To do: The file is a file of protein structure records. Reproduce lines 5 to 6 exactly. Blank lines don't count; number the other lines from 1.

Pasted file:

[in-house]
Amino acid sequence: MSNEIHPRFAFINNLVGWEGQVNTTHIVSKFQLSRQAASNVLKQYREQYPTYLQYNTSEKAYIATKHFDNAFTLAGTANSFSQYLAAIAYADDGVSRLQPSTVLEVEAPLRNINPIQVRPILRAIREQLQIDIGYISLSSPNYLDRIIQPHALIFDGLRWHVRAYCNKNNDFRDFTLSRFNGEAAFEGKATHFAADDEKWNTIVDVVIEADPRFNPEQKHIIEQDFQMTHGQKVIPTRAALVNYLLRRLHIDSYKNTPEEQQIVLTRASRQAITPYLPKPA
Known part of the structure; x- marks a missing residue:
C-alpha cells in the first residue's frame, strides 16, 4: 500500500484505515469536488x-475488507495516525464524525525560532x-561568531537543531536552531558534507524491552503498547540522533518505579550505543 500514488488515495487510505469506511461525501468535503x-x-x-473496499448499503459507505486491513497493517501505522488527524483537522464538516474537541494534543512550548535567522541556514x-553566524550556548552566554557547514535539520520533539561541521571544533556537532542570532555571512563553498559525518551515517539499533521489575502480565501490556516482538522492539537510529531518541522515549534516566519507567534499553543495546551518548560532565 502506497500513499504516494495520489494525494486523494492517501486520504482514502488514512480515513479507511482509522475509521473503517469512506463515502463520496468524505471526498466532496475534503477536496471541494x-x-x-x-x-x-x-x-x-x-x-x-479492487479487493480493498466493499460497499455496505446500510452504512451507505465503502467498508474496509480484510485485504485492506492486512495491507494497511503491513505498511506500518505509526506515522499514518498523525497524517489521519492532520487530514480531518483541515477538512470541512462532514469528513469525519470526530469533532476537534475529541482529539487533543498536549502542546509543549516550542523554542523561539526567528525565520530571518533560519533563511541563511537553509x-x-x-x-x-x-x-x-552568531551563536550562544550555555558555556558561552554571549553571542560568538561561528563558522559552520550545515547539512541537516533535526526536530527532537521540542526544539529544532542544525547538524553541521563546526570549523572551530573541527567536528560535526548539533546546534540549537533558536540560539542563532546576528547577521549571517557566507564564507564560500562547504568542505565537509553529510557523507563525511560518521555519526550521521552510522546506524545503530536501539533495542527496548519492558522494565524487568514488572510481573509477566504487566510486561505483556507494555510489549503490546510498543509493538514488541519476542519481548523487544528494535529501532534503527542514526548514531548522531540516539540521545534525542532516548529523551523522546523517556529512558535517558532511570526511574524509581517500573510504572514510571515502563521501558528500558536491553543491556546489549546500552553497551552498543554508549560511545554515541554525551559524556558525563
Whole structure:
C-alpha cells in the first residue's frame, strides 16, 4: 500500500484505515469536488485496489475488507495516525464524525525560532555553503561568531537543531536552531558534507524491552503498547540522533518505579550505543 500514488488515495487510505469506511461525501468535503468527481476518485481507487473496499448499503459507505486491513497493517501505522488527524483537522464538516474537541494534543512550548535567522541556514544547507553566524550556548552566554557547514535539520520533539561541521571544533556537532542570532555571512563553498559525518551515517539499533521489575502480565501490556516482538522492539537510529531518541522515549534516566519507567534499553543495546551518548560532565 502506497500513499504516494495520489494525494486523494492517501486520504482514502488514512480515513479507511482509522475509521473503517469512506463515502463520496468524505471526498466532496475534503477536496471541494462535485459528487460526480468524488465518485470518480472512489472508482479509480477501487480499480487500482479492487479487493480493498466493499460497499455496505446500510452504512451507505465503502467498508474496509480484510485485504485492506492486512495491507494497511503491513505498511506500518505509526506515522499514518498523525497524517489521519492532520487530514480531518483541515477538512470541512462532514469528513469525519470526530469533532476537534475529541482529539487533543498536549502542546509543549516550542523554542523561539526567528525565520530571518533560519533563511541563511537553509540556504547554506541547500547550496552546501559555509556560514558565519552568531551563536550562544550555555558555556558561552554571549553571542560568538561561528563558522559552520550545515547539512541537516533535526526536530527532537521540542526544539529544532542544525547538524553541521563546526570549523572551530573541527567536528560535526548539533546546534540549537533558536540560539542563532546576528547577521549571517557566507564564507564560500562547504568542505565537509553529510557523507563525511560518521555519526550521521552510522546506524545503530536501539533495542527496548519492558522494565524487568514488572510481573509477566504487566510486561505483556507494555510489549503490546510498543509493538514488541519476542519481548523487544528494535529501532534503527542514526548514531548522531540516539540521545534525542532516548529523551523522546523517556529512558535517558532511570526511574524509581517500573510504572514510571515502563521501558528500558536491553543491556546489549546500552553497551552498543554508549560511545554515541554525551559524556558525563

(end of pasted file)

Whole structure:
C-alpha cells in the first residue's frame, strides 16, 4: 500500500484505515469536488485496489475488507495516525464524525525560532555553503561568531537543531536552531558534507524491552503498547540522533518505579550505543 500514488488515495487510505469506511461525501468535503468527481476518485481507487473496499448499503459507505486491513497493517501505522488527524483537522464538516474537541494534543512550548535567522541556514544547507553566524550556548552566554557547514535539520520533539561541521571544533556537532542570532555571512563553498559525518551515517539499533521489575502480565501490556516482538522492539537510529531518541522515549534516566519507567534499553543495546551518548560532565 502506497500513499504516494495520489494525494486523494492517501486520504482514502488514512480515513479507511482509522475509521473503517469512506463515502463520496468524505471526498466532496475534503477536496471541494462535485459528487460526480468524488465518485470518480472512489472508482479509480477501487480499480487500482479492487479487493480493498466493499460497499455496505446500510452504512451507505465503502467498508474496509480484510485485504485492506492486512495491507494497511503491513505498511506500518505509526506515522499514518498523525497524517489521519492532520487530514480531518483541515477538512470541512462532514469528513469525519470526530469533532476537534475529541482529539487533543498536549502542546509543549516550542523554542523561539526567528525565520530571518533560519533563511541563511537553509540556504547554506541547500547550496552546501559555509556560514558565519552568531551563536550562544550555555558555556558561552554571549553571542560568538561561528563558522559552520550545515547539512541537516533535526526536530527532537521540542526544539529544532542544525547538524553541521563546526570549523572551530573541527567536528560535526548539533546546534540549537533558536540560539542563532546576528547577521549571517557566507564564507564560500562547504568542505565537509553529510557523507563525511560518521555519526550521521552510522546506524545503530536501539533495542527496548519492558522494565524487568514488572510481573509477566504487566510486561505483556507494555510489549503490546510498543509493538514488541519476542519481548523487544528494535529501532534503527542514526548514531548522531540516539540521545534525542532516548529523551523522546523517556529512558535517558532511570526511574524509581517500573510504572514510571515502563521501558528500558536491553543491556546489549546500552553497551552498543554508549560511545554515541554525551559524556558525563